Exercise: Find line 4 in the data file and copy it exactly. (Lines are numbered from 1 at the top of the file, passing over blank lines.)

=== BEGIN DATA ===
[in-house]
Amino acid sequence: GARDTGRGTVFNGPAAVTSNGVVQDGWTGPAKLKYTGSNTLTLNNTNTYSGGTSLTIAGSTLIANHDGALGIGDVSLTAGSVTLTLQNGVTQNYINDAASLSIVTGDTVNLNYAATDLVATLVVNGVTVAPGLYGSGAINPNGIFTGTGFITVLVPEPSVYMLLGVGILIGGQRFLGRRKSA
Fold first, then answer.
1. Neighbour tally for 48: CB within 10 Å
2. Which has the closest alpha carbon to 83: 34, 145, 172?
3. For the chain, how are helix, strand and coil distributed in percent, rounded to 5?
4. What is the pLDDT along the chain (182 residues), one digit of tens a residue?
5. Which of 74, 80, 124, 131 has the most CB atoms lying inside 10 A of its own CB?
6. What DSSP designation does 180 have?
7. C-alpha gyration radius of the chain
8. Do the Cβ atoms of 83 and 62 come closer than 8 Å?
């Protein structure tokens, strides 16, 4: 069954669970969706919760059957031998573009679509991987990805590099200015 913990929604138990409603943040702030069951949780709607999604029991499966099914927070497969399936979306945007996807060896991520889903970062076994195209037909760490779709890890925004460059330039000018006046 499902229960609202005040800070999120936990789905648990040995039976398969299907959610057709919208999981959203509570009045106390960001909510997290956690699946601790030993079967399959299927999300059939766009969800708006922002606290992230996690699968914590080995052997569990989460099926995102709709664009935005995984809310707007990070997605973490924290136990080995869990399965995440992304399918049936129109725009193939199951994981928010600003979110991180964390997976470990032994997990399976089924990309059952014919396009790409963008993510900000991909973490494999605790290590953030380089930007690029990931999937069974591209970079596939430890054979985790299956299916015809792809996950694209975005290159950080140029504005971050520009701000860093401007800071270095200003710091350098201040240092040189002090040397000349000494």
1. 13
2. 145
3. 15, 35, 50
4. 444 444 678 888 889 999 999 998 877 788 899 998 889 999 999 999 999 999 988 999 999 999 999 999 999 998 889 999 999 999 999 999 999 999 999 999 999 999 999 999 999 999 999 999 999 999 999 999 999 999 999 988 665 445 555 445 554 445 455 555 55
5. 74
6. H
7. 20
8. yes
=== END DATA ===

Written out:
1. Neighbour tally for 48: CB within 10 Å